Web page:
Students will answer questions about the online Science News article “From Elvis worms to the Milky Way’s edge, these science stories sparked joy in 2020,” which summarizes Science News stories from 2020 that provided a happy distraction from the world’s worries. A version of the story, “Stories that sparked joy,” can be found in the December 19, 2020 & January 2, 2021 issue of Science News.
Students will research exoplanets and their properties and detection methods. Then students will use fictitious data to create a light curve of a transiting exoplanet and to calculate the exoplanet’s motion through its solar system.
Students will develop a design for an exploratory Mars mission to gather and study data about one aspect of Mars. The ultimate goal of the mission will be to gather data to help plan for a future human-crewed mission to Mars.
Students will answer questions about the online Science News article “If bacteria band together, they can survive for years in space,” which describes an experiment on the International Space Station that suggests microbes are capable of surviving interplanetary travel. A version of the story, “Bacteria can survive for years in space,” can be found in the September 26, 2020 issue of Science News.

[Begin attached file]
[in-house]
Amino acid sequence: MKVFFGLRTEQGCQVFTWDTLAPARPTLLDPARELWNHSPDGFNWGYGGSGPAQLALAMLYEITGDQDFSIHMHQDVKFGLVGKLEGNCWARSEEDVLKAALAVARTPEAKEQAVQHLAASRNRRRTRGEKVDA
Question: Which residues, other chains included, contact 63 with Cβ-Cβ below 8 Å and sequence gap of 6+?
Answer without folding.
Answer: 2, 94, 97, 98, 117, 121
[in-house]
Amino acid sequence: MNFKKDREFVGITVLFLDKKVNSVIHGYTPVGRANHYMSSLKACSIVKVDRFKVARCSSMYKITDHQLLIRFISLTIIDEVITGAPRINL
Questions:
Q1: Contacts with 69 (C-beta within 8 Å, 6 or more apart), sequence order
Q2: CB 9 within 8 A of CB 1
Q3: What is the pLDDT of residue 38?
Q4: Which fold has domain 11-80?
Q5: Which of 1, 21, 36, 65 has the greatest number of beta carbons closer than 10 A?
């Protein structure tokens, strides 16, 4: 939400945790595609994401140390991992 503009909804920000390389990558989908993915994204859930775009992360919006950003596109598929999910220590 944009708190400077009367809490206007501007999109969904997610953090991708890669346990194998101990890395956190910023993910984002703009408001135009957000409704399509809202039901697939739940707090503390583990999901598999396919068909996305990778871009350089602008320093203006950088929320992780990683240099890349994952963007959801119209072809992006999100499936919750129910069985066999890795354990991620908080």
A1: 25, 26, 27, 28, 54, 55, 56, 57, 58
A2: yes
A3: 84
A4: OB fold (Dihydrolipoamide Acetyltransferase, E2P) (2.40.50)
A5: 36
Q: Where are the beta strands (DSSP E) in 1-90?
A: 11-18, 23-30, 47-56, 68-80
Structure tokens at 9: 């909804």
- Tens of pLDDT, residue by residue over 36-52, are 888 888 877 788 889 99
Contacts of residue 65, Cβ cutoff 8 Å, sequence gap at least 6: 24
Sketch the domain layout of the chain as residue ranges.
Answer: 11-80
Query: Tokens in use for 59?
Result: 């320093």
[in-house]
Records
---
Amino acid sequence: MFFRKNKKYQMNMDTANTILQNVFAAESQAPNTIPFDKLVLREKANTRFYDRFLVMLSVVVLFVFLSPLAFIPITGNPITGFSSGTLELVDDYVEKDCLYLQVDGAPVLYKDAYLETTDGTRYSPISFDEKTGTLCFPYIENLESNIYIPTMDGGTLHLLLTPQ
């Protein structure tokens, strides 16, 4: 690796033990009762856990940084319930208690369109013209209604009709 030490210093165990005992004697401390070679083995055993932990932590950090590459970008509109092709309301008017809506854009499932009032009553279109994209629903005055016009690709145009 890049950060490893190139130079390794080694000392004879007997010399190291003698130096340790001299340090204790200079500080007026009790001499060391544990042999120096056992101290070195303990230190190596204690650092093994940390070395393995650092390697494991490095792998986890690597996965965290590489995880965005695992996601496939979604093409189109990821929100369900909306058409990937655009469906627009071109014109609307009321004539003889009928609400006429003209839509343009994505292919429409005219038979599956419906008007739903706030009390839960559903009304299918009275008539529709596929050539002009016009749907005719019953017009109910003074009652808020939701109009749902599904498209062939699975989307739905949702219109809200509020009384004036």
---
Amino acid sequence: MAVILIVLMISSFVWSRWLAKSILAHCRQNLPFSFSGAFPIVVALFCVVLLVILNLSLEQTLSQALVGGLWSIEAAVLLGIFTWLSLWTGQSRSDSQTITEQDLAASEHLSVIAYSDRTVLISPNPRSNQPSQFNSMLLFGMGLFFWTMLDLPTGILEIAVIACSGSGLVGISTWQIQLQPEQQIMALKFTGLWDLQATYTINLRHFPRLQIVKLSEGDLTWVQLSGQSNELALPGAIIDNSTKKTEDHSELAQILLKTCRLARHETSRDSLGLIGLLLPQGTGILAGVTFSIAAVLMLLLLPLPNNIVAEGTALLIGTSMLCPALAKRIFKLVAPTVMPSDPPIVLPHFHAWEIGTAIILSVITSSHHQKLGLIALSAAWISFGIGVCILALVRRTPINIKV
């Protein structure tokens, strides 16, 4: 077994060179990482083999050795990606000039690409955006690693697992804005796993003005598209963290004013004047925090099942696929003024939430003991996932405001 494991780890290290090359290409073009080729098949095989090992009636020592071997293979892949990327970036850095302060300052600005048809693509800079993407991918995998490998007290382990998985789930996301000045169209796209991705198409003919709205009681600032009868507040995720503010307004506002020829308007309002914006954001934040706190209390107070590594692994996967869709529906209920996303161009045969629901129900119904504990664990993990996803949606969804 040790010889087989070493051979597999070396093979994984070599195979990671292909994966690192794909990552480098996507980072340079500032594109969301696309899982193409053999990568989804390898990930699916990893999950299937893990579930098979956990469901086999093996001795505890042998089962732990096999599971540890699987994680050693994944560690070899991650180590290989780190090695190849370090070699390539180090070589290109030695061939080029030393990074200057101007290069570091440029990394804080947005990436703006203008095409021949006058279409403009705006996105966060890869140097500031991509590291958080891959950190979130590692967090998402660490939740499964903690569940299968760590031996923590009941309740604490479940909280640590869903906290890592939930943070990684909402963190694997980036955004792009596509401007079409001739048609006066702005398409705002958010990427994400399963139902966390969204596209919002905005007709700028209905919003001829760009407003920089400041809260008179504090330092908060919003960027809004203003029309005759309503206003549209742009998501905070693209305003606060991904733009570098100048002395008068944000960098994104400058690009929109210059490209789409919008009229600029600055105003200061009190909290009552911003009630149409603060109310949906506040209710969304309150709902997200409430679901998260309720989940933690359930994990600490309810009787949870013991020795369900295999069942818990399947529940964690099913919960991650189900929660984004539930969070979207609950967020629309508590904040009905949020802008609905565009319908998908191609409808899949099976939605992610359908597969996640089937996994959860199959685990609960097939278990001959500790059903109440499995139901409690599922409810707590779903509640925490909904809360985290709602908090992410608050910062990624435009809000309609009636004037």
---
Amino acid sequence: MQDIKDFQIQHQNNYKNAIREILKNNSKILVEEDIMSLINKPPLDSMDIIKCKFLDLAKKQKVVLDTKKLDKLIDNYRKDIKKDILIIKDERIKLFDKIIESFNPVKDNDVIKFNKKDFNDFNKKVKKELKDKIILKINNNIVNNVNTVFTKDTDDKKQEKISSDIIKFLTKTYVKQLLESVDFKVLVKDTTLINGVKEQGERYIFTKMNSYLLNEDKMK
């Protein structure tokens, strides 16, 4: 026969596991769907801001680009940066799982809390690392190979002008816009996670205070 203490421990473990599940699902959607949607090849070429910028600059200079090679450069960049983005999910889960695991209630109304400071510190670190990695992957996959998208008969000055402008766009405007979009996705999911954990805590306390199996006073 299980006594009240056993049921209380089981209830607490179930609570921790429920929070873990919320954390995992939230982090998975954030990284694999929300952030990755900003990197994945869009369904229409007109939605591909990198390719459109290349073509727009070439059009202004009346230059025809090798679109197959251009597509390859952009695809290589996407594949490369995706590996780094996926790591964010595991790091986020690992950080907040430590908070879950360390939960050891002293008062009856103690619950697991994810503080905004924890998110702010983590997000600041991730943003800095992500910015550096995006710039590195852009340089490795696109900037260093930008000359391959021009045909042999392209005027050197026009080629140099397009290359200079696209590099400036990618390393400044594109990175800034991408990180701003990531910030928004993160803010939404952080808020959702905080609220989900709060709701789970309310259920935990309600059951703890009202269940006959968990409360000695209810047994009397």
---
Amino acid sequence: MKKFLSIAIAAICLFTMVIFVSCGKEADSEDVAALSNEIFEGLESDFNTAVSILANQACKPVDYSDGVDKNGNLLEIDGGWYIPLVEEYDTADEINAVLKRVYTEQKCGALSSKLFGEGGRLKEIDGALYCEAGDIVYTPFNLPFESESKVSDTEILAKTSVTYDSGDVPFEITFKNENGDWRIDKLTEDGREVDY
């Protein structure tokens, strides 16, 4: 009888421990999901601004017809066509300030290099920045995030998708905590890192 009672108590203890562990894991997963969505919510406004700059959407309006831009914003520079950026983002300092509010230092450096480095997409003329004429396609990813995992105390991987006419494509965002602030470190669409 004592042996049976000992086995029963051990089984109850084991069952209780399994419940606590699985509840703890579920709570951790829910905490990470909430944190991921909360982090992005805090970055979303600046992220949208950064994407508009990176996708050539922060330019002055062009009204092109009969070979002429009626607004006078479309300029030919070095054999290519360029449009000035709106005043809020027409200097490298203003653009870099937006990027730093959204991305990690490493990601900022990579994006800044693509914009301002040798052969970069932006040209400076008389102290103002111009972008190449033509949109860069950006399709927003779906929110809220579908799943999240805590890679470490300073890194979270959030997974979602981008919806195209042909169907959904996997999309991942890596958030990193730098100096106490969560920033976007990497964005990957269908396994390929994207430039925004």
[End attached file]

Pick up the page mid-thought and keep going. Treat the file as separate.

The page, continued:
In this guide, students will examine a photograph of a distant solar system, learn how astronomers captured the image and learn about the system’s inhabitants. Students will then discuss units of measure and create a scaled drawing of the distant solar system.
Students will answer questions about the online Science News article “This is the first picture of a sunlike star with multiple exoplanets,” which describes a young solar system 300 light-years from our own. A version of the story, “A weird solar system cousin makes its photographic debut,” can be found in the August 29, 2020 issue of Science News.
To determine the purpose of units in science, students will identify and compare the units used for common outer space measurements with units typically used for Earth measurements. Then, students will think about the importance of using standard units versus relative values when describing data before creating a scaled drawing of exoplanet distances.
In this guide, students will explore the moon’s geology and learn how to display and interpret data through diagrams. In an activity, students will use their knowledge of Earth’s rock cycle to analyze data on rock samples.
Students will answer questions about the Science News article “Rover peers beneath moon’s farside,” which details new geologic evidence that could help scientists understand why the lunar nearside and farside look so different.